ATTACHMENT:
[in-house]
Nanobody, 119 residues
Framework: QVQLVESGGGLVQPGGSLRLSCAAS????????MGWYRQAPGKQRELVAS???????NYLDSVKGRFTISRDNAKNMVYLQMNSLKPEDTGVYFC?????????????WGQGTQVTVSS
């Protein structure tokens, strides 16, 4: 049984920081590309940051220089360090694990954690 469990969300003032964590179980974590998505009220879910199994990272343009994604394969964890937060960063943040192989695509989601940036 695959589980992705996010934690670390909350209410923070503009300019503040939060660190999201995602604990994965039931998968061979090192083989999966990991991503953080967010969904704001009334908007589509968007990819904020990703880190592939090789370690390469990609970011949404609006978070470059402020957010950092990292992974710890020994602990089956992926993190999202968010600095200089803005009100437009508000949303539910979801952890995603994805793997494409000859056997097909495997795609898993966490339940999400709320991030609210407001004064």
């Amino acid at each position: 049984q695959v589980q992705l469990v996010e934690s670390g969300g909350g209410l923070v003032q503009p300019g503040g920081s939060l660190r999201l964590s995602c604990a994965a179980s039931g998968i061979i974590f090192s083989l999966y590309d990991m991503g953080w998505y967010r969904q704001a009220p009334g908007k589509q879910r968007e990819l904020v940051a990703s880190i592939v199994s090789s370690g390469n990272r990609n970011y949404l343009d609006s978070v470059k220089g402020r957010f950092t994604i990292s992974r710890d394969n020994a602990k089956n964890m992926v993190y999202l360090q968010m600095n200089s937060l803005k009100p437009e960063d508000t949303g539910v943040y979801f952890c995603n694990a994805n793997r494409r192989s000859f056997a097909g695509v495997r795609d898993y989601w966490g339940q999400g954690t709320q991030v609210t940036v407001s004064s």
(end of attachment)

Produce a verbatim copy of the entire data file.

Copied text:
[in-house]
Nanobody, 119 residues
Framework: QVQLVESGGGLVQPGGSLRLSCAAS????????MGWYRQAPGKQRELVAS???????NYLDSVKGRFTISRDNAKNMVYLQMNSLKPEDTGVYFC?????????????WGQGTQVTVSS
């Protein structure tokens, strides 16, 4: 049984920081590309940051220089360090694990954690 469990969300003032964590179980974590998505009220879910199994990272343009994604394969964890937060960063943040192989695509989601940036 695959589980992705996010934690670390909350209410923070503009300019503040939060660190999201995602604990994965039931998968061979090192083989999966990991991503953080967010969904704001009334908007589509968007990819904020990703880190592939090789370690390469990609970011949404609006978070470059402020957010950092990292992974710890020994602990089956992926993190999202968010600095200089803005009100437009508000949303539910979801952890995603994805793997494409000859056997097909495997795609898993966490339940999400709320991030609210407001004064």
């Amino acid at each position: 049984q695959v589980q992705l469990v996010e934690s670390g969300g909350g209410l923070v003032q503009p300019g503040g920081s939060l660190r999201l964590s995602c604990a994965a179980s039931g998968i061979i974590f090192s083989l999966y590309d990991m991503g953080w998505y967010r969904q704001a009220p009334g908007k589509q879910r968007e990819l904020v940051a990703s880190i592939v199994s090789s370690g390469n990272r990609n970011y949404l343009d609006s978070v470059k220089g402020r957010f950092t994604i990292s992974r710890d394969n020994a602990k089956n964890m992926v993190y999202l360090q968010m600095n200089s937060l803005k009100p437009e960063d508000t949303g539910v943040y979801f952890c995603n694990a994805n793997r494409r192989s000859f056997a097909g695509v495997r795609d898993y989601w966490g339940q999400g954690t709320q991030v609210t940036v407001s004064s």